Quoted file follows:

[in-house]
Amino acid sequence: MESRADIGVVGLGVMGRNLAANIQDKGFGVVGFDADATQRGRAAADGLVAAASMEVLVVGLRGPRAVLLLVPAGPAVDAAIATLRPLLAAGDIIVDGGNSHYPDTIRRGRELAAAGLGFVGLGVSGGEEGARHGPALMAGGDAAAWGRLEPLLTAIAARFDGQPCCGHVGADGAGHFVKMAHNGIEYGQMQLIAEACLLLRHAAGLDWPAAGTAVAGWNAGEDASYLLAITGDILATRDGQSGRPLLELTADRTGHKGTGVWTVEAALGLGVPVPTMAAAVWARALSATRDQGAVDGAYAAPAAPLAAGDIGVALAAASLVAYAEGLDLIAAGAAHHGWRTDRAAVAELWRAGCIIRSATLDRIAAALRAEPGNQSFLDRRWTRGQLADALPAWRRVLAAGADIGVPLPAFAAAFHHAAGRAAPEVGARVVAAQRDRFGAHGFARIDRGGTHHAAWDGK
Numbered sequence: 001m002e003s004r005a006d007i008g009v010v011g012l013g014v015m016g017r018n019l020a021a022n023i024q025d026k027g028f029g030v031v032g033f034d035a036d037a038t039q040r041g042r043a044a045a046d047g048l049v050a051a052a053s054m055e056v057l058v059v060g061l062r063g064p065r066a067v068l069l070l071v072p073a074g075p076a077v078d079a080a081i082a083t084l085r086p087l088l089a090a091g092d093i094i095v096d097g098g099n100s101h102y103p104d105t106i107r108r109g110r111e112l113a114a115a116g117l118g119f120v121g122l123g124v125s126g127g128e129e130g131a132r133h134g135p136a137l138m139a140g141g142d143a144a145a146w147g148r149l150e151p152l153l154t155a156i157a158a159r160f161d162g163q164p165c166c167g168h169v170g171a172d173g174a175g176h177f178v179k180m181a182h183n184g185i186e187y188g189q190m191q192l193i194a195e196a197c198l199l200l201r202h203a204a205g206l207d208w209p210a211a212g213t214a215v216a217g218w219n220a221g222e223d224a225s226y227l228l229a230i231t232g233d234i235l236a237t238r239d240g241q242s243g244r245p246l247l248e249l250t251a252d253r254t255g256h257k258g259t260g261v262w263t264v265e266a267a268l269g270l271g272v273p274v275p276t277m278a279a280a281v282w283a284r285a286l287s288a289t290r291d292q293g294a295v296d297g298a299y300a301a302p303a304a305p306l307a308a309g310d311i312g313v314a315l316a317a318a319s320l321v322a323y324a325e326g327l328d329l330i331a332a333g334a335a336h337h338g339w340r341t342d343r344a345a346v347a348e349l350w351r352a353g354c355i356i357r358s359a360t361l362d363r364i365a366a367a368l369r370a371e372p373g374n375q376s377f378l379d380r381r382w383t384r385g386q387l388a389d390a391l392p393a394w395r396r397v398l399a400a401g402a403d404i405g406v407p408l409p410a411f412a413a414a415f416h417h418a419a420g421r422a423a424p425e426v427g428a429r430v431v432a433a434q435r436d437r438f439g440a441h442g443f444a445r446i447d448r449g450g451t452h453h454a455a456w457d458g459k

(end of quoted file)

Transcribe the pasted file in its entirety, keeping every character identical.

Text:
[in-house]
Amino acid sequence: MESRADIGVVGLGVMGRNLAANIQDKGFGVVGFDADATQRGRAAADGLVAAASMEVLVVGLRGPRAVLLLVPAGPAVDAAIATLRPLLAAGDIIVDGGNSHYPDTIRRGRELAAAGLGFVGLGVSGGEEGARHGPALMAGGDAAAWGRLEPLLTAIAARFDGQPCCGHVGADGAGHFVKMAHNGIEYGQMQLIAEACLLLRHAAGLDWPAAGTAVAGWNAGEDASYLLAITGDILATRDGQSGRPLLELTADRTGHKGTGVWTVEAALGLGVPVPTMAAAVWARALSATRDQGAVDGAYAAPAAPLAAGDIGVALAAASLVAYAEGLDLIAAGAAHHGWRTDRAAVAELWRAGCIIRSATLDRIAAALRAEPGNQSFLDRRWTRGQLADALPAWRRVLAAGADIGVPLPAFAAAFHHAAGRAAPEVGARVVAAQRDRFGAHGFARIDRGGTHHAAWDGK
Numbered sequence: 001m002e003s004r005a006d007i008g009v010v011g012l013g014v015m016g017r018n019l020a021a022n023i024q025d026k027g028f029g030v031v032g033f034d035a036d037a038t039q040r041g042r043a044a045a046d047g048l049v050a051a052a053s054m055e056v057l058v059v060g061l062r063g064p065r066a067v068l069l070l071v072p073a074g075p076a077v078d079a080a081i082a083t084l085r086p087l088l089a090a091g092d093i094i095v096d097g098g099n100s101h102y103p104d105t106i107r108r109g110r111e112l113a114a115a116g117l118g119f120v121g122l123g124v125s126g127g128e129e130g131a132r133h134g135p136a137l138m139a140g141g142d143a144a145a146w147g148r149l150e151p152l153l154t155a156i157a158a159r160f161d162g163q164p165c166c167g168h169v170g171a172d173g174a175g176h177f178v179k180m181a182h183n184g185i186e187y188g189q190m191q192l193i194a195e196a197c198l199l200l201r202h203a204a205g206l207d208w209p210a211a212g213t214a215v216a217g218w219n220a221g222e223d224a225s226y227l228l229a230i231t232g233d234i235l236a237t238r239d240g241q242s243g244r245p246l247l248e249l250t251a252d253r254t255g256h257k258g259t260g261v262w263t264v265e266a267a268l269g270l271g272v273p274v275p276t277m278a279a280a281v282w283a284r285a286l287s288a289t290r291d292q293g294a295v296d297g298a299y300a301a302p303a304a305p306l307a308a309g310d311i312g313v314a315l316a317a318a319s320l321v322a323y324a325e326g327l328d329l330i331a332a333g334a335a336h337h338g339w340r341t342d343r344a345a346v347a348e349l350w351r352a353g354c355i356i357r358s359a360t361l362d363r364i365a366a367a368l369r370a371e372p373g374n375q376s377f378l379d380r381r382w383t384r385g386q387l388a389d390a391l392p393a394w395r396r397v398l399a400a401g402a403d404i405g406v407p408l409p410a411f412a413a414a415f416h417h418a419a420g421r422a423a424p425e426v427g428a429r430v431v432a433a434q435r436d437r438f439g440a441h442g443f444a445r446i447d448r449g450g451t452h453h454a455a456w457d458g459k